Veeva Systems (VEEV)
Source: IgorGolovniov / Shutterstock.com
Free Cash Flow to Net Income: 154.8%
Cash and Marketable Securities to Total Debt: 2,760%
Veeva Las Vegas. Oops. Wrong Veeva. I’m talking about Veeva Systems, a provider of cloud-based software to the global life sciences industry.
I was trying to remember if I had ever recommended Veeva before. It turns out that I called it a growth stock to buy in August 2018. Here’s what I had to say about it.
“The thing I like about Veeva is that it’s not growing at an alarming rate — in Q1 2019, revenues rose by 22% to $196 million with subscription revenues accounting for 80% of its quarterly sales,” I wrote at the time. “Meanwhile, it also generates healthy profits — non-GAAP net income in Q1 2019 was $51.4 million, 50% higher than last year and 22.5% of revenue — which bodes well for the long-term sustainability and growth of its business.”
Flash forward to today. Revenue growth has accelerated — up 38% year over year in its latest quarter. And it makes money on a GAAP basis. Even better, its net margin was 25.7%, 320 basis points higher than two years earlier.
Not surprisingly, VEEV stock is up 124% since my 2018 recommendation. As long as it continues to convert more than 100% of its net income to free cash, I don’t see why you wouldn’t want to own it.
Universal Display (OLED)
Source: Daniel Pieterson / Shutterstock.com
Free Cash Flow to Net Income: 100%
Cash and Marketable Securities to Total Debt: N/A
Universal Display is one of only two companies on this list without any debt. It finished the end of March with $640 million in cash on its balance sheet. As the company stated in its Q1 2020 press release, “We plan to continue to invest in our leadership position in the OLED ecosystem.”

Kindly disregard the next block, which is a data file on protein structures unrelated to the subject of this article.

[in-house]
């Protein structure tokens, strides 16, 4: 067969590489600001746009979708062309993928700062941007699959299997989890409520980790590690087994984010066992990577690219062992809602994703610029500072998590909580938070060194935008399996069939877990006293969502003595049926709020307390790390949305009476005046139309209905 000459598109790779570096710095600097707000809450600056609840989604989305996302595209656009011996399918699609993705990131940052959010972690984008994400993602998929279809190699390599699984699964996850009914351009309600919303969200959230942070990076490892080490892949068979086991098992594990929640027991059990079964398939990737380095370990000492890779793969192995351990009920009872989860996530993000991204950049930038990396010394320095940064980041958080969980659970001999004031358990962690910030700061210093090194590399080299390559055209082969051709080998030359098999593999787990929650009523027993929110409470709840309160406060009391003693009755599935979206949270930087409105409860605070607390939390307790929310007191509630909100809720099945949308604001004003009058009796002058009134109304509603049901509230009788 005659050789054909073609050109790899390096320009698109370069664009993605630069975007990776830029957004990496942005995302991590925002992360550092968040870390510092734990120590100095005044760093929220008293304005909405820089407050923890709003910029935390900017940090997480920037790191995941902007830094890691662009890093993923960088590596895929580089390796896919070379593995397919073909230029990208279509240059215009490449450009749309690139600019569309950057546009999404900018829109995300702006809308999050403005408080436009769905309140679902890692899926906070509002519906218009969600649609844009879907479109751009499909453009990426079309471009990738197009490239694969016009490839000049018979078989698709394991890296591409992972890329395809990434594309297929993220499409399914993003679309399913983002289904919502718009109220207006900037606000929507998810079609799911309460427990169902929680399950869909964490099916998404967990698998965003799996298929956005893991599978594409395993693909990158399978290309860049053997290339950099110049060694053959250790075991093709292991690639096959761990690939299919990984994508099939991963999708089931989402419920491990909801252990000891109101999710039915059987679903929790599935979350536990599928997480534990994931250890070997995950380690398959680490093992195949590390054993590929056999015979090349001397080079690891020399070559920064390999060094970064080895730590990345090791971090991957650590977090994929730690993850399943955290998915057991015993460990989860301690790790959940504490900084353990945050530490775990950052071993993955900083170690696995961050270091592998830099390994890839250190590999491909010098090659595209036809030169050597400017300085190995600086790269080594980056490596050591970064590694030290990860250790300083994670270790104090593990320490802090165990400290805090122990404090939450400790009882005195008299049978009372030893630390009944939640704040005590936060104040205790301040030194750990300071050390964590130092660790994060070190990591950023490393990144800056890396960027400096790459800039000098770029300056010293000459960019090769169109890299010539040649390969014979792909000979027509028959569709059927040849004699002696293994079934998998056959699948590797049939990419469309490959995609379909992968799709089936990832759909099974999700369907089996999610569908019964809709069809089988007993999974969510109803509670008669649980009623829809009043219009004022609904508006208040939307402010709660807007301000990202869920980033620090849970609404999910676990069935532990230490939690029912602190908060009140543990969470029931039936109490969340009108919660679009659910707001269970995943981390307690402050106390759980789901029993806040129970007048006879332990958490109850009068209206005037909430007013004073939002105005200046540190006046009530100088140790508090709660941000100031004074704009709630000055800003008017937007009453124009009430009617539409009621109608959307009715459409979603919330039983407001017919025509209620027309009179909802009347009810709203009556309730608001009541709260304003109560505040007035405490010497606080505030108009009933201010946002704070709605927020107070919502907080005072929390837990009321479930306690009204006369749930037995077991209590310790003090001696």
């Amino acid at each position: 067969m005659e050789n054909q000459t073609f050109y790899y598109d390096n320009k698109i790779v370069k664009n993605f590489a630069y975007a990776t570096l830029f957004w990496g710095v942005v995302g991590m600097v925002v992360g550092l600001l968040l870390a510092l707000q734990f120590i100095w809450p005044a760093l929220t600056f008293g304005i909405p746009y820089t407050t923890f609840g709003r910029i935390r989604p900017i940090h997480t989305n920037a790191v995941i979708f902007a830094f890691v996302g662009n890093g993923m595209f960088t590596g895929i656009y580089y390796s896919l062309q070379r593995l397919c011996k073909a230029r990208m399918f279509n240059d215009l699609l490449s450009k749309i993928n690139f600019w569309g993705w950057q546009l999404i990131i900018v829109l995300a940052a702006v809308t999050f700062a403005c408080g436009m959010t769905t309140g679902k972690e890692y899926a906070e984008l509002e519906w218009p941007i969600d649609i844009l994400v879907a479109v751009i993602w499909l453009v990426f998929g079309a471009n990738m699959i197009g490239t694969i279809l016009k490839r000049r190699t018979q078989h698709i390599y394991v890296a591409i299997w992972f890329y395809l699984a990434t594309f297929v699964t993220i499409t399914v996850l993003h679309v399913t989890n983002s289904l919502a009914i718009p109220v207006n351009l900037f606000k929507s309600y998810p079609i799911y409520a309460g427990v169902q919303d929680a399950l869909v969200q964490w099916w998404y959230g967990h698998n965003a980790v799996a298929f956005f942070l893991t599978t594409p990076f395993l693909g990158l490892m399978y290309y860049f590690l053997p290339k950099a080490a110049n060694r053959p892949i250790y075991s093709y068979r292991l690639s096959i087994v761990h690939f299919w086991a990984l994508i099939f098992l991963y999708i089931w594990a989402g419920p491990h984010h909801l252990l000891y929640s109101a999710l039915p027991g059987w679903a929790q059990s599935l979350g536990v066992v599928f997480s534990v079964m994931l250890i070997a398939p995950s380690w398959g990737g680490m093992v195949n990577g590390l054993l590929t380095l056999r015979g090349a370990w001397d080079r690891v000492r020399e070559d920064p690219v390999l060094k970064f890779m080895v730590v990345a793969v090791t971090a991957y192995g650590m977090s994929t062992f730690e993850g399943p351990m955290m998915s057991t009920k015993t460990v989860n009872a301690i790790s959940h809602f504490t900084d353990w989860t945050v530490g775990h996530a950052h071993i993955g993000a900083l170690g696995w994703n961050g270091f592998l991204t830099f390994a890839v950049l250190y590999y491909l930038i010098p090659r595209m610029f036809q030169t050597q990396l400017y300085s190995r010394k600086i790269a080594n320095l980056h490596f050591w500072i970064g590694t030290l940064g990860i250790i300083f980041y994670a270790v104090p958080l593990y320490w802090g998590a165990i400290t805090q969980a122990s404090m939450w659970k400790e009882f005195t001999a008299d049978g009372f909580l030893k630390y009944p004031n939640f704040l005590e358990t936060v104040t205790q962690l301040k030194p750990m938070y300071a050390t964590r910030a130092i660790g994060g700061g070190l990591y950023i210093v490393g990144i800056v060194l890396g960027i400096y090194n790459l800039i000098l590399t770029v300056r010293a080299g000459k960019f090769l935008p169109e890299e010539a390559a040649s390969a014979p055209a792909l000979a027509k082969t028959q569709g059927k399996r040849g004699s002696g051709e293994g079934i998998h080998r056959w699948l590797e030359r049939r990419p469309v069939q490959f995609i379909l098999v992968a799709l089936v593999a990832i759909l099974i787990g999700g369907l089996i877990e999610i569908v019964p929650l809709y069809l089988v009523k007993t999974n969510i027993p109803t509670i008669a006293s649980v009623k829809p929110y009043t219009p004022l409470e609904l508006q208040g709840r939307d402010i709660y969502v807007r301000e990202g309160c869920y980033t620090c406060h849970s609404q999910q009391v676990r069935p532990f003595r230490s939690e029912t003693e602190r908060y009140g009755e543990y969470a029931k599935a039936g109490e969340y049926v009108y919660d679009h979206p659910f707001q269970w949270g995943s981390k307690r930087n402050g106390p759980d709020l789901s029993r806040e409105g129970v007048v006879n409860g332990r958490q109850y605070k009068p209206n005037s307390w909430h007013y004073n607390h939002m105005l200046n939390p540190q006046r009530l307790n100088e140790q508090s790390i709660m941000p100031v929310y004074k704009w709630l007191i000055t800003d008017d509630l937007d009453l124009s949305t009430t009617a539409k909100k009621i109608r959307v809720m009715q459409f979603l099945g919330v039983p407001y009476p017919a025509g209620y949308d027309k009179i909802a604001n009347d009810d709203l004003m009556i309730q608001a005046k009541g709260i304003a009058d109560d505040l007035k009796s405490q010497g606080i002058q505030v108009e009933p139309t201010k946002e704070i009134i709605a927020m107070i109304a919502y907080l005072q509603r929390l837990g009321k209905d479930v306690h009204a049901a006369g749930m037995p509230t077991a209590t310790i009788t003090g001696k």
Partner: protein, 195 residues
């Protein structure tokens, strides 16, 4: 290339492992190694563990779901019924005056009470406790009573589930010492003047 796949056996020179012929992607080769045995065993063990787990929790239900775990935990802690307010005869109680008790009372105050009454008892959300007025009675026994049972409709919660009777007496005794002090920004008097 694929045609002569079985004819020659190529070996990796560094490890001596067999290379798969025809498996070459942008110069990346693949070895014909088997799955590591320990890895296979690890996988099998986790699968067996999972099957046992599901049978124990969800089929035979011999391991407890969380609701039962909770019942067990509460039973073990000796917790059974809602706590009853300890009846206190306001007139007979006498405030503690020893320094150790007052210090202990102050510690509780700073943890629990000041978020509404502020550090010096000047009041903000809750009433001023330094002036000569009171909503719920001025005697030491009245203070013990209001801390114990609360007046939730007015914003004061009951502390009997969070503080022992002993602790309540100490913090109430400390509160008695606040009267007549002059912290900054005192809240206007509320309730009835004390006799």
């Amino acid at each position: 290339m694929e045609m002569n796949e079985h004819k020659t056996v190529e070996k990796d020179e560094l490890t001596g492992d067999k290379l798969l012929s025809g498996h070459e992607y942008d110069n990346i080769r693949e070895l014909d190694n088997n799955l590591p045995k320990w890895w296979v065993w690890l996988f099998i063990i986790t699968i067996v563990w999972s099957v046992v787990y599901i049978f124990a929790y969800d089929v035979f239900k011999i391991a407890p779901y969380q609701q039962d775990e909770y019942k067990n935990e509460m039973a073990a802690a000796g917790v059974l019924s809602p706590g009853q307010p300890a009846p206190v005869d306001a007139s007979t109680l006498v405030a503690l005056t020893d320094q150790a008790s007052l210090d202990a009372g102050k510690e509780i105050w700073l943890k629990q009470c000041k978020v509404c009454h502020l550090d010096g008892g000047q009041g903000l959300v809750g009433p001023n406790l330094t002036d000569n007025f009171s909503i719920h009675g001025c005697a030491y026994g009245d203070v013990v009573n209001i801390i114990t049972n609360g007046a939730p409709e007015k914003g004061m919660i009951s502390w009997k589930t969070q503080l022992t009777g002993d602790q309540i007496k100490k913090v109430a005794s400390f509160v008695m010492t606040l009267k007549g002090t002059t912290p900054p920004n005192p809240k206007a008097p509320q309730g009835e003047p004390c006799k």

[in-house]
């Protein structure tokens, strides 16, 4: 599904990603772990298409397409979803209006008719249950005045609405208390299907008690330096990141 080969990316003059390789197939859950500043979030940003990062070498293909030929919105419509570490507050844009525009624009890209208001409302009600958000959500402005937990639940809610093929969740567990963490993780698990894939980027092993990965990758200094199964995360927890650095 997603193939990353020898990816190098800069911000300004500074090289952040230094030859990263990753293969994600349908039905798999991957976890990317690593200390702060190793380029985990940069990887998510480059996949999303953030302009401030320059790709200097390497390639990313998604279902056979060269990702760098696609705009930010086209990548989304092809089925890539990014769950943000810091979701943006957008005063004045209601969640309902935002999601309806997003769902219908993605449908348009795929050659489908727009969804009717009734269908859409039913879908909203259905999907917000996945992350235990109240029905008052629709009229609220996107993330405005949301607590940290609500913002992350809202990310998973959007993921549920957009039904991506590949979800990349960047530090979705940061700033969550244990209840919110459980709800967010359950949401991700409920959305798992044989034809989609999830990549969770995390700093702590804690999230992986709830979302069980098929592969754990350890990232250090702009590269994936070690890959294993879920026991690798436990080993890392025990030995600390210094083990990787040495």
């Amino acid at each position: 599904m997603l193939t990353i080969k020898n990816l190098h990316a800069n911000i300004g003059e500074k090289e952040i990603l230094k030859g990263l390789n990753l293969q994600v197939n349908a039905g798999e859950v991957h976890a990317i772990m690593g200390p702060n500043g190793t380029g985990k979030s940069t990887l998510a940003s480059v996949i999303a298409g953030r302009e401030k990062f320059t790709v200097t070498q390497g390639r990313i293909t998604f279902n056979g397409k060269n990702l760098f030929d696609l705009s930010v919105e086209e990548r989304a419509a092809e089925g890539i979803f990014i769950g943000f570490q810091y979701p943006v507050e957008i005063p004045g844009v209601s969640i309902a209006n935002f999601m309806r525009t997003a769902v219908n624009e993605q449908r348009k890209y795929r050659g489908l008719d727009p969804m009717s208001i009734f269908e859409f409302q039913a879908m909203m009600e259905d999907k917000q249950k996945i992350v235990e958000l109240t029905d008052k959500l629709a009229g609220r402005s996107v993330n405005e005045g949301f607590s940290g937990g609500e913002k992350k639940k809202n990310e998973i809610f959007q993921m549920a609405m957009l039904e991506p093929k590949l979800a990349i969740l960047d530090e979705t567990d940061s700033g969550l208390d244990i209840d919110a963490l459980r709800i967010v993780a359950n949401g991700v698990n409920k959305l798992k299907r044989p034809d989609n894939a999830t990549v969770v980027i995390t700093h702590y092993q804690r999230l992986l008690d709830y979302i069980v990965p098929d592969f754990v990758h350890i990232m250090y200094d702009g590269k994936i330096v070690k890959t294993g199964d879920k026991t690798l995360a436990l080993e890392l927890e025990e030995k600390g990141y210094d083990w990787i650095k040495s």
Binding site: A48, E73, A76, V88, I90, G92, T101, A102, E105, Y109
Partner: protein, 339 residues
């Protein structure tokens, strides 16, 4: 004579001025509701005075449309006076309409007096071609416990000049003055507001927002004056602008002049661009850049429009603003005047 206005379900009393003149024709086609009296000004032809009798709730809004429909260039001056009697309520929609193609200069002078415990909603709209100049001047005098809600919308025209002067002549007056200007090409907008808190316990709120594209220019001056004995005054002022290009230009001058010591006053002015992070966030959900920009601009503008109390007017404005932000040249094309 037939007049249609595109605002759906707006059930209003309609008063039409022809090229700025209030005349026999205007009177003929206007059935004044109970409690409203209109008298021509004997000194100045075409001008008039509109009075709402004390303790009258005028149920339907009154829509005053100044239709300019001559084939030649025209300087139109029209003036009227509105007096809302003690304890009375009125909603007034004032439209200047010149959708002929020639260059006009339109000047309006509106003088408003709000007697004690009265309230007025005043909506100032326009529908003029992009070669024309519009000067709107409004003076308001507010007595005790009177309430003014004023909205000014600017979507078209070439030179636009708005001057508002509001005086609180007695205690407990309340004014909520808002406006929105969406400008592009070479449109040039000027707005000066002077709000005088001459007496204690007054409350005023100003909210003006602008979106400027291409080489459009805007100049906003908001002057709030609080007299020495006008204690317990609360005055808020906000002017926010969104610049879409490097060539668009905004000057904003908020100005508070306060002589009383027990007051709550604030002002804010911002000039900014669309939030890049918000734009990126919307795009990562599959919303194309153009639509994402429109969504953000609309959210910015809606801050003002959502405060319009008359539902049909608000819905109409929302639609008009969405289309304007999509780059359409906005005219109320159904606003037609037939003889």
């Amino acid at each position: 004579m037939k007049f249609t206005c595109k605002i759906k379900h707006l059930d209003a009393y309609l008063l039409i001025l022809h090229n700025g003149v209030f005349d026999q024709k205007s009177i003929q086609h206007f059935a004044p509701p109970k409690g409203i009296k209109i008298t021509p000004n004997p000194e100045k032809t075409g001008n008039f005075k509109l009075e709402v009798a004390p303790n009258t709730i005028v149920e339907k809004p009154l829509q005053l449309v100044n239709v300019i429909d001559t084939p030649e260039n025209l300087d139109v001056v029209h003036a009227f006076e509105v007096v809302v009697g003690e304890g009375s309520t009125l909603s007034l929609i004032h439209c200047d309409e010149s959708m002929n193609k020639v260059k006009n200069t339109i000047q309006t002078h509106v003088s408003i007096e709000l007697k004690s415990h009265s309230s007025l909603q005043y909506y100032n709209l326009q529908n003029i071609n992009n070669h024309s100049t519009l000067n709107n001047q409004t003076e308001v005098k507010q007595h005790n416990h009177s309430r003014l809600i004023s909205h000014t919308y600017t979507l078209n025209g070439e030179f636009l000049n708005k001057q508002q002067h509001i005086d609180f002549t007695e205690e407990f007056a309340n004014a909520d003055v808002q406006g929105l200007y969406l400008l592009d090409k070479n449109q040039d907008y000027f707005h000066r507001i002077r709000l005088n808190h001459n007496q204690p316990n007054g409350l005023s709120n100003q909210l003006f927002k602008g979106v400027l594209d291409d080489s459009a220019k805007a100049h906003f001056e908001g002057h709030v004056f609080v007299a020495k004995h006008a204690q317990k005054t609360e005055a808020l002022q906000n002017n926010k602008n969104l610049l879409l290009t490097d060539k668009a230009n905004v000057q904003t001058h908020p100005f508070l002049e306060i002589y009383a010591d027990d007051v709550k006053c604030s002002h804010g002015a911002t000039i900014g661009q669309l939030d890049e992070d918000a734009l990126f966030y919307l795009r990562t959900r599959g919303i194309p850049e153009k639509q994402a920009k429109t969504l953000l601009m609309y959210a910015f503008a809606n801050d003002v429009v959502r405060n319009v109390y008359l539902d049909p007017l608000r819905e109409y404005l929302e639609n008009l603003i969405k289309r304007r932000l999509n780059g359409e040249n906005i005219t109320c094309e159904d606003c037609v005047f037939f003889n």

Universal Display owns more than 5,000 patents related to organic light-emitting diode (OLED) technology. Television and smartphone makers come to it to license the technology for their products. It also sells the organic materials required for the OLED products its customers manufacture.
In the first quarter, it had revenues of $112.3 million, 27.9% higher than a year earlier. On the bottom line, it had a net income of $38.2 million, 21.3% higher than in Q1 2019. Both its materials sales and royalty-and-license fees saw healthy increases during the quarter.
Like most businesses, Covid-19 will affect it in the short term, but in the long term, the potential for OLED technology is excellent.
Will Ashworth has written about investments full-time since 2008. Publications where he’s appeared include InvestorPlace, The Motley Fool Canada, Investopedia, Kiplinger, and several others in both the U.S. and Canada. He particularly enjoys creating model portfolios that stand the test of time. He lives in Halifax, Nova Scotia. At the time of this writing Will Ashworth did not hold a position in any of the aforementioned securities.